It’s now some 10 years after the release of Blair Witch Project and still the effects are being felt. Proving that you can have a mainstream hit with a reliance on imagination instead of big bucks, A-listers or over-used narrative conventions, the likes of Cloverfield and Spanish shocker Rec have carried its seminal template on into the new millennium.

Quarantine, a Hollywood remake of the well-received Rec, offers up the old found footage schtick, this time filmed by a professional TV crew on a routine night’s work. Dexter’s Jennifer Carpenter plays Angela Vidal, the archetypal regional news anchor, whose job for the night is to trail a fire crew, cameraman in tow.

One presume’s she’s expecting nothing more engaging than to watch them rescue a few cats trapped up trees. Sadly she picked the wrong night for that, instead she gets the night when they’re called to a block of flats only to discover some sweet old dear with a bit of a frothy mouth thing going on and an unfortunate yen for savagely ripping the flesh from other people’s throats – and passing on the rabid virus.

With Old Mother Hubbard getting a bit bitey, the fire crew, along with a few police officers, seek to get the situation under control and evacuate the building. The authorities have other ideas though, and knowing there’s a deadly epidemic of some kind and fearful of contamination, lock the building down, leaving all the inhabitants quarantined. And so the fun begins.

Quarantine adheres to the old rule of the genre – the fluffier the first 10 minutes, the more ugly it’s gonna get. And get ugly it does. Setting up a claustrophobic setting, heightened by the use of the one POV shakey-cam, the inhabitants are pitched against the sufferers, with obvious shades of 28 Days Later and the Romero zombie films.

Though perhaps a more fitting comparison is Resident Evil, mainly due to the whole thing playing out like the video game - with a barren survivalist premise set up offering little in the way of plot development, it offers a steady stream of carnage, delivered in short sharp shocks, with the gaps filled with people running around looking for a way out. With not even the vaguest interest in developing any characters for us to care about, and with an obvious remit of claret-dispensation, it’s a hollow experience, but a tense white-knuckle one at that. Only the PS3 controller is missing.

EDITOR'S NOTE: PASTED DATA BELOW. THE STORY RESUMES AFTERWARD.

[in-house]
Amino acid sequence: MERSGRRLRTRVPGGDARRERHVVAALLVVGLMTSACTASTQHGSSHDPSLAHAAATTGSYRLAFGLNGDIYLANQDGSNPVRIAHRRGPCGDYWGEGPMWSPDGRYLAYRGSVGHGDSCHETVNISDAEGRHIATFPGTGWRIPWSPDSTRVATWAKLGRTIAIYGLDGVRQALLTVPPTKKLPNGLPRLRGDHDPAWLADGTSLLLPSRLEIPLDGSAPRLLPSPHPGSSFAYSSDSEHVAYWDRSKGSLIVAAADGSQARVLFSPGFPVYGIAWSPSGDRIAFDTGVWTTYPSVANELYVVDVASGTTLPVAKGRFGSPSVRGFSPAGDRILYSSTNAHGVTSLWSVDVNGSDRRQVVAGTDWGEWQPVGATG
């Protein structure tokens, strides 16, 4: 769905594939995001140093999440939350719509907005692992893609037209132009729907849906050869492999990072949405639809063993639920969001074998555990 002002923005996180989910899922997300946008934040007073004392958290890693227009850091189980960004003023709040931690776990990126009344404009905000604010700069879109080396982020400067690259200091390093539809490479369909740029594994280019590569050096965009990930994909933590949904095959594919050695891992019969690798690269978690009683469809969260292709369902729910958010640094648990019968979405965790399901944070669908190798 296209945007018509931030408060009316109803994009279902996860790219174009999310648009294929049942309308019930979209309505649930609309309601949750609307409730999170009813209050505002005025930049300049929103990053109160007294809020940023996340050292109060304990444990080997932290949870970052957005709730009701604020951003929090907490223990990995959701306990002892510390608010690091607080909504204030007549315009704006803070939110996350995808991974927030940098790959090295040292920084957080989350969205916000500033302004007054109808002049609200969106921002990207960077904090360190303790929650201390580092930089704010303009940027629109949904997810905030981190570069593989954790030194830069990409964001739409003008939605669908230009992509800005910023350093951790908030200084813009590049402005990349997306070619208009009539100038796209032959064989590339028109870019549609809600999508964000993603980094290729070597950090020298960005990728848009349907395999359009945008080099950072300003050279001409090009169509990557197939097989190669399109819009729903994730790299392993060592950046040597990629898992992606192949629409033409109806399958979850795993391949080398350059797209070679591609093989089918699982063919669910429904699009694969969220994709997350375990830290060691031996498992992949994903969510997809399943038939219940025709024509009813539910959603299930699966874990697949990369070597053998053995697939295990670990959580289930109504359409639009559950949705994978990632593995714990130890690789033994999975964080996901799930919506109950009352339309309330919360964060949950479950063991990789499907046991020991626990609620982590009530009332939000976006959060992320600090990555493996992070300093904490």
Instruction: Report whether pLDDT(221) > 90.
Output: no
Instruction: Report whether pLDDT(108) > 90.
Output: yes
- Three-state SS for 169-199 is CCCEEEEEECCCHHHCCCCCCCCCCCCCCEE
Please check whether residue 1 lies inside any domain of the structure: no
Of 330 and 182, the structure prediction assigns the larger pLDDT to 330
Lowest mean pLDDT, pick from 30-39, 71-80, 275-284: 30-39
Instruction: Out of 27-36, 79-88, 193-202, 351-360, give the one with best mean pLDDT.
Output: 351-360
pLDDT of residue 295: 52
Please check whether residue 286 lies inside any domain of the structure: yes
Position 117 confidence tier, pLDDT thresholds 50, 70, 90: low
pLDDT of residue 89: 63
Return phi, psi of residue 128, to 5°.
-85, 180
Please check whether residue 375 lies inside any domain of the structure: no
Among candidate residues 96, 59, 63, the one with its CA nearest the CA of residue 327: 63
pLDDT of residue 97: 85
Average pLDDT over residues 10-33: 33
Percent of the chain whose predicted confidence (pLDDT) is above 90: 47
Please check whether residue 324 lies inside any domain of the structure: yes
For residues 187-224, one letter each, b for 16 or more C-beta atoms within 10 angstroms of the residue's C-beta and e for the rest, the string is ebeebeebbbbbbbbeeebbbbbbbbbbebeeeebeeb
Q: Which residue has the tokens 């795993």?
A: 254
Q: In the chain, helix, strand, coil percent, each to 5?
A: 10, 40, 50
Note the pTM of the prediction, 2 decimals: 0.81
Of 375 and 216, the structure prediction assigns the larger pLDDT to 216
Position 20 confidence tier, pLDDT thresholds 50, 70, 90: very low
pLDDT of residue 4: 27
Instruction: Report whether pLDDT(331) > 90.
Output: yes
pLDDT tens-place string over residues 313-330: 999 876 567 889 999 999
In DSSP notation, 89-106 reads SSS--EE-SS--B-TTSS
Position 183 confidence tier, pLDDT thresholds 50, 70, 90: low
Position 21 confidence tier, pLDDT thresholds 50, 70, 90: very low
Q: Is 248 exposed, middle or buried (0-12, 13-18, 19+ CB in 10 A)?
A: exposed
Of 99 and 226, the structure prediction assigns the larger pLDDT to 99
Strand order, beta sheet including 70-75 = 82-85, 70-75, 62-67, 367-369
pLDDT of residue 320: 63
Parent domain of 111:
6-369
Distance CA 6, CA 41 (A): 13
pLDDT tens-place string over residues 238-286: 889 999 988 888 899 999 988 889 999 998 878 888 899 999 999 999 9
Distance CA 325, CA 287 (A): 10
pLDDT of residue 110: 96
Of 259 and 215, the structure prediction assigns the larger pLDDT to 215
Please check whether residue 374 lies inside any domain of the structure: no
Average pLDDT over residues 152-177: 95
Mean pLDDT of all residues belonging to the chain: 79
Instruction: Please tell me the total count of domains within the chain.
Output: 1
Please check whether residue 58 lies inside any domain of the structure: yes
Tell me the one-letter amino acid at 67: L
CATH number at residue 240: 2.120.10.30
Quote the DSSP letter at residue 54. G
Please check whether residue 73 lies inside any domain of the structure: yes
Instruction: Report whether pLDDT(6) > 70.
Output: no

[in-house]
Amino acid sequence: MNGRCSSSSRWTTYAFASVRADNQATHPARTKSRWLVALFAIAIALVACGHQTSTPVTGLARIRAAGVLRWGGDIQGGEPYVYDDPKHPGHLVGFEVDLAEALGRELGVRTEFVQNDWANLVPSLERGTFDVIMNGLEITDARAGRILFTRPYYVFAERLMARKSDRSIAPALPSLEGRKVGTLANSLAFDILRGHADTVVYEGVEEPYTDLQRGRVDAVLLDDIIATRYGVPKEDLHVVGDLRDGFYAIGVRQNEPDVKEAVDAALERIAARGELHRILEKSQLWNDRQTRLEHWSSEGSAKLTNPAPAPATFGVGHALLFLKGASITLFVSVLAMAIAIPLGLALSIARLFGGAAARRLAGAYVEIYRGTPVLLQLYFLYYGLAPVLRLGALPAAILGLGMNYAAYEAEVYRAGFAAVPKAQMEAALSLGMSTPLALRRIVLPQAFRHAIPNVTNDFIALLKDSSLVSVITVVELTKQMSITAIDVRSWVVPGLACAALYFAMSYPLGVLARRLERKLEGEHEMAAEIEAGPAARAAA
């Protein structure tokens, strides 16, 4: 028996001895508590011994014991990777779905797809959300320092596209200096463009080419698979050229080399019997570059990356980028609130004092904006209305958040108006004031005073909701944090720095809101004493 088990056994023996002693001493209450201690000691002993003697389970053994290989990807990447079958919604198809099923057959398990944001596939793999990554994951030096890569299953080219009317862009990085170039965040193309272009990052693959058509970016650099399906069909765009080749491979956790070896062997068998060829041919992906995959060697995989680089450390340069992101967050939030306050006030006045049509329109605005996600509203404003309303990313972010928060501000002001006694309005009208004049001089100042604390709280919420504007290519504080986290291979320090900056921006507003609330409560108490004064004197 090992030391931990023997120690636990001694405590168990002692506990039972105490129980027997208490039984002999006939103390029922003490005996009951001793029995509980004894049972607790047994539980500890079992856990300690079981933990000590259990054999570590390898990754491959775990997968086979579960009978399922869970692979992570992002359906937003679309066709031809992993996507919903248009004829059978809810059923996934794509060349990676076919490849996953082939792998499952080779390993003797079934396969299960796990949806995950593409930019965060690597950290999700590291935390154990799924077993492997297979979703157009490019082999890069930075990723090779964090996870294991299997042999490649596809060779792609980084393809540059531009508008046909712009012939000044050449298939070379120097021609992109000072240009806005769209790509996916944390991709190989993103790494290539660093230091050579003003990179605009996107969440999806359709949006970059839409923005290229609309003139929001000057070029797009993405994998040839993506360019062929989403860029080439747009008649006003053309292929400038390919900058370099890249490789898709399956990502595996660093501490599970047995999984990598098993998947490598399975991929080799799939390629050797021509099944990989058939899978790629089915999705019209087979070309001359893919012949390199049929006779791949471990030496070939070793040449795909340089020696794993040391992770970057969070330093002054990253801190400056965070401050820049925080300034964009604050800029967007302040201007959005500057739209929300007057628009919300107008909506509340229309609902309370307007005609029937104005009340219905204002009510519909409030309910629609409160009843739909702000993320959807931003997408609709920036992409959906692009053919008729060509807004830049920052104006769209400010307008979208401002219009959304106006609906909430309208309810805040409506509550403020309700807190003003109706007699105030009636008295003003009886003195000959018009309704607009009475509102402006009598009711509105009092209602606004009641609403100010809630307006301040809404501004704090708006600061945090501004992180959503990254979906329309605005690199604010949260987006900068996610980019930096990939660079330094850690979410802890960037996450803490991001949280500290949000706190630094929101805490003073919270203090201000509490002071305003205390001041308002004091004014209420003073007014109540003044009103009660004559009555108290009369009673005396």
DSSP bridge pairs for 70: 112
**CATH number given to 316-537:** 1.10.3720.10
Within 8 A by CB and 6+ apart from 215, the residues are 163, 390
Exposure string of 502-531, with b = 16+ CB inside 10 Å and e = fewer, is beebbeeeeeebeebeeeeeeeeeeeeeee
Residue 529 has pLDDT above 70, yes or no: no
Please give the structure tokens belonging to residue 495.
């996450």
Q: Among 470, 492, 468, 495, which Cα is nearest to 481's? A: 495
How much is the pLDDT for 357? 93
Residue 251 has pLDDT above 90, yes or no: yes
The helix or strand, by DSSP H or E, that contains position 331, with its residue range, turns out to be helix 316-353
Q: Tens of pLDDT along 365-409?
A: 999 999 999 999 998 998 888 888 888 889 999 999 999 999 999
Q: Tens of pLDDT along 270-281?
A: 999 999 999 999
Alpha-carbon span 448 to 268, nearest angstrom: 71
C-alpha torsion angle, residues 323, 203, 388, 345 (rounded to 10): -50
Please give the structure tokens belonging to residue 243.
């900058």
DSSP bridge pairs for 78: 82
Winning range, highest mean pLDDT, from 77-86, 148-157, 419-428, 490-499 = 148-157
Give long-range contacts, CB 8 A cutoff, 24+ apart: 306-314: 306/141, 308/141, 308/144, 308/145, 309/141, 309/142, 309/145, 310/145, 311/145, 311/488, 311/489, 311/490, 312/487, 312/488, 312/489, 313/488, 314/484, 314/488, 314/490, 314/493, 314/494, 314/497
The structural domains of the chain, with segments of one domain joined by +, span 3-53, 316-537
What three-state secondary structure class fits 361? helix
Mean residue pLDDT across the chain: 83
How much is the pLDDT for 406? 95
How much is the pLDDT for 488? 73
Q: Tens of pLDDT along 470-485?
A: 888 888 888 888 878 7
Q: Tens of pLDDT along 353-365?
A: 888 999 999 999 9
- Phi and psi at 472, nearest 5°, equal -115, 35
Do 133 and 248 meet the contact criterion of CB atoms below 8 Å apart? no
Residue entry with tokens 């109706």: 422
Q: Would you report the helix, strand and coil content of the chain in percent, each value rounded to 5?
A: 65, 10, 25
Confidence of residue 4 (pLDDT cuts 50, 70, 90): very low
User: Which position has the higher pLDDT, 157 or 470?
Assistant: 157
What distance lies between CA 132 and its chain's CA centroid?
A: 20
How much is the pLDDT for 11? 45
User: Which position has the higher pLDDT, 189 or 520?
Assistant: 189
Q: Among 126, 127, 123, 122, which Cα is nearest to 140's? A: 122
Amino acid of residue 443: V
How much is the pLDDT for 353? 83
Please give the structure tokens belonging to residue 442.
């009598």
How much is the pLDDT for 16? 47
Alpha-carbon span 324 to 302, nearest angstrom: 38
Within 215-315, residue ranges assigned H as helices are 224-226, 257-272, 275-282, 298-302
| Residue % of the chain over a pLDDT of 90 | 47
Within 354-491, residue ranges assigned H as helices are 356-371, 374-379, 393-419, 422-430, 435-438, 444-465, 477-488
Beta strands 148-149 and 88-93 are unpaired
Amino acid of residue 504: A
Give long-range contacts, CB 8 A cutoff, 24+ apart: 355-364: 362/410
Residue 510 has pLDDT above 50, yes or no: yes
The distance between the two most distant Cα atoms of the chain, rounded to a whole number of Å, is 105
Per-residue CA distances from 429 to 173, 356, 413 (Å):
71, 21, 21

Starkly intense and utterly visceral, it’s a film that appeals to the gut rather than the head, and on that level it works, it’s just incredibly flawed. Passing up the chance to tell a story it instead needs to rely on its shock value, but sadly it telegraphs virtually every key moment, while trademark tropes – like the old Man Bites Dog camera on the floor shot – are expected rather than disconcerting.

Possibly the biggest miss is the lack of any satirical depth. While Cloverfield dealt with the intrusive saturation news coverage of events like 9/11, this misses the chance to pass comment on the media’s voyeuristic love of suffering, especially as it’s seen from their viewpoint – any critique of the methods of news gathering would have given a vital texture and meaning to proceedings.

Price when reviewed:

Like eating a ridiculously hot curry, this is about the experience of consumption, rather than the savouring of one. There’s not a whole bunch of fun to be had with it, but if you don’t mind being put through the wringer, you’re in luck.

Rating: 12
Starring: Jennifer Carpenter
Directed by: John Erick Dowdle

Extras: Featurettes, commentary

Sections TV